Academic Accommodation for Religious, Indigenous and Spiritual Observances
Students requiring academic accommodation based on religion and spiritual observances should follow the procedures set out in the Course Calendar or by their respective Faculty. In most cases, the student should contact his or her professor or academic advisor as soon as possible to arrange accommodations for classes, assignments, tests and examinations that might be affected by a religious holiday or spiritual observance.
Topics and Readings:
Second Term Readings
January 9 Douglas LePan. “Canoe Trip,” Margaret Atwood, “Journey to the Interior”; Gwendolyn McEwen. “Portage”; Introduction to Never Cry Wolf
January 16 Never Cry Wolf
January 23 Never Cry Wolf
January 30 Margaret Atwood, “The Animals in that Country,” “Departure from the Bush”;
Earle Birney, “The Bear on the Delhi Road,” “Billboards Mean Freedom of Choice”; Irving Layton, “The Bull Calf”
February 6 Lorna Crozier “Poem About Nothing,” “Testimonies,” “Forms of Innocence,” “Fathers Uncles and Old Friends of the Family”; Mary di Michele “Snapshot” Introduction to Hetty Dorval
February 13 Hetty Dorval
February 20 Spring Break
February 27 Hetty Dorval
March 6 Leonard Cohen: poems and songs; A. M. Klein. “Indian Reservation: Caugnawagha,” Bruce Taylor, “Social Studies”; Introduction to Volkswagen Blues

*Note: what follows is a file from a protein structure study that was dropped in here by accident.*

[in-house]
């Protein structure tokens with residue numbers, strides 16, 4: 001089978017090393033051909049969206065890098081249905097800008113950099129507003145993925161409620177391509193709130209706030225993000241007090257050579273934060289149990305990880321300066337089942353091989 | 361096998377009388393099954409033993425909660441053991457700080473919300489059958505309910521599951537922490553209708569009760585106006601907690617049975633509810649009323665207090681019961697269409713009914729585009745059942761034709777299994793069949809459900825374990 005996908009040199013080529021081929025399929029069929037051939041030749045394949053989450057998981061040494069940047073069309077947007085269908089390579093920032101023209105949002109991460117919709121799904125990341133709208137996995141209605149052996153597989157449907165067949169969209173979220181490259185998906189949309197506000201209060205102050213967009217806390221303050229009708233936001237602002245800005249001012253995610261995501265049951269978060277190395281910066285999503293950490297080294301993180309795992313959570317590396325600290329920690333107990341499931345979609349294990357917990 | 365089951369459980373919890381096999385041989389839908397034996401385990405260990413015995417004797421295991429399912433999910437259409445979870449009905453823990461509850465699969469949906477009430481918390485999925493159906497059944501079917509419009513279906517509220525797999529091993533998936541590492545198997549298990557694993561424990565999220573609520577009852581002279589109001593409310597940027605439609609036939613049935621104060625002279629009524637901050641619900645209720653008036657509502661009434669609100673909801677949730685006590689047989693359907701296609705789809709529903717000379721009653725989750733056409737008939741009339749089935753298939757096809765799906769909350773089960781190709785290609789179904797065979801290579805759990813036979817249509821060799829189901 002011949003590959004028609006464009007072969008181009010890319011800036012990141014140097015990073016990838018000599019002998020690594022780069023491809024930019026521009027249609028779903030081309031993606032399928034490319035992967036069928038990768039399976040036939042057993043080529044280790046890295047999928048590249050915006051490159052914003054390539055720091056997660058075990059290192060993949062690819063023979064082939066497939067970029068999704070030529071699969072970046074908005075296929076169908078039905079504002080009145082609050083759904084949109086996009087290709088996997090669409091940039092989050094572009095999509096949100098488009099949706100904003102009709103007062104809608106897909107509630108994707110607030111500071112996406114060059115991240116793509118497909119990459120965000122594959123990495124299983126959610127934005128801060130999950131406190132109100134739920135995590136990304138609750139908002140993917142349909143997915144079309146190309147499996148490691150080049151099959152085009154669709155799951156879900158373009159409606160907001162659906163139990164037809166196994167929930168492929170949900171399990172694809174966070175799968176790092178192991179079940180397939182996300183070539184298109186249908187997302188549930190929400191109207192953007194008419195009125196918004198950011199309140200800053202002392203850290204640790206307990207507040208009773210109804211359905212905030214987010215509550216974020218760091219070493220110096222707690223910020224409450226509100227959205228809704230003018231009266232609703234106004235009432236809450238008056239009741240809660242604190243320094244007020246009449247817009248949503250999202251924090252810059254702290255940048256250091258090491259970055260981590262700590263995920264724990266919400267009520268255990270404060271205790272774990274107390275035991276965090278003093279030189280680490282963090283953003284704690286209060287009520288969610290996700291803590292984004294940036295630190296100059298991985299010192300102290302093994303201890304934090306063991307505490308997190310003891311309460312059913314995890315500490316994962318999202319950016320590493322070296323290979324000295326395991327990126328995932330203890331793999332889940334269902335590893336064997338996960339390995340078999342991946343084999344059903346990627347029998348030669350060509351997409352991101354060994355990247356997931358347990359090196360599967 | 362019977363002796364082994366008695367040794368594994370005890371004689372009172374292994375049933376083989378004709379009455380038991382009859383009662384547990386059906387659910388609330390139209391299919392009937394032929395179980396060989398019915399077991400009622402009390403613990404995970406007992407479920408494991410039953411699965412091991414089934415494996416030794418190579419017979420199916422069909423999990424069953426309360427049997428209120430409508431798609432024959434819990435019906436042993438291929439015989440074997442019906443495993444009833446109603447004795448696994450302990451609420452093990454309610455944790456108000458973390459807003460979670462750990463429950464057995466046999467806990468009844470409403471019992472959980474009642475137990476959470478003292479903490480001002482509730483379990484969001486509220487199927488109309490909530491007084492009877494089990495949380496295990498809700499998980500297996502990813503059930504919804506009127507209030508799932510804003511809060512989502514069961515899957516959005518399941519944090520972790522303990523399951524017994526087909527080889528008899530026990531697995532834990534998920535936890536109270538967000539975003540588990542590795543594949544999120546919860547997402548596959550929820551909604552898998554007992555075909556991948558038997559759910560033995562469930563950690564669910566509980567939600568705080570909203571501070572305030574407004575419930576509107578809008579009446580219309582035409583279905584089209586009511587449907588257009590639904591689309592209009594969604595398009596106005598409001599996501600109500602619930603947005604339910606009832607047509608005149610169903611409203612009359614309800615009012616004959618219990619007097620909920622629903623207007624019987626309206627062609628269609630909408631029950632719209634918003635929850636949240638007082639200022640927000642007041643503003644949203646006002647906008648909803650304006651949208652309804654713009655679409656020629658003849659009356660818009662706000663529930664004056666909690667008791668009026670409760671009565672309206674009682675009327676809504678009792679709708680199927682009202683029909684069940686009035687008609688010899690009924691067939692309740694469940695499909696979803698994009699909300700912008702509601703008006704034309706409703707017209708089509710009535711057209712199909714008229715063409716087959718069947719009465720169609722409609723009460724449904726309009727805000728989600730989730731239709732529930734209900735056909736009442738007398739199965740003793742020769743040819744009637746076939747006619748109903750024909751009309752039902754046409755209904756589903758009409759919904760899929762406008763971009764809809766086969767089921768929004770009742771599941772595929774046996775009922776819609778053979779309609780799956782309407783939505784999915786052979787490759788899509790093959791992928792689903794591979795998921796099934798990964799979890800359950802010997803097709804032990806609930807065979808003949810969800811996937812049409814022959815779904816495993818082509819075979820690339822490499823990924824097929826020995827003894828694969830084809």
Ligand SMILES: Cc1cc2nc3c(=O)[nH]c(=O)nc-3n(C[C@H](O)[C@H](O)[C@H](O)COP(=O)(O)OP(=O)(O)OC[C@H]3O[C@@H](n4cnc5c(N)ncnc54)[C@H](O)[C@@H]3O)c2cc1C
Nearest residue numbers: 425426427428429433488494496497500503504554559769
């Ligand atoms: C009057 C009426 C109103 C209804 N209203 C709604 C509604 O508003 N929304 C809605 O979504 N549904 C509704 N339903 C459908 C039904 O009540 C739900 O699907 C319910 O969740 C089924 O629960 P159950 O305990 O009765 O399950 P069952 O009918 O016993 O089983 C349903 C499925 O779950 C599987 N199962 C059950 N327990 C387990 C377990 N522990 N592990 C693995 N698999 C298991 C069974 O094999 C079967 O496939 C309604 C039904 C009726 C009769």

March 13 Volkswagen Blues
March 20 Volkswagen Blues
March 27 Half Blood Blues
April 3 Half Blood Blues
Other Course Information:
Important Note 1: In the event of class cancellations, students will be notified on Avenue and the English Department Website. It is your responsibility to check these sites regularly for any such announcements.
Link: http://www.humanities.mcmaster.ca/~english/ (Department)
Link: http://avenue.mcmaster.ca/ (avenue to learn)
Important Note 2: Tutorials start one week after classes begin. Students are expected to attend every tutorial and to be prepared to discuss the material weekly.
Important Note 3: Email Policy
It is the policy of the Faculty of Humanities that all email communication sent from students to instructors (including TAs), and from students to staff, must originate from the student's own McMaster University email account. This policy protects confidentiality and confirms the identity of the student. Instructors will delete emails that do not originate from a McMaster email account.
* Students will be requested to complete a course evaluation at the end of the course.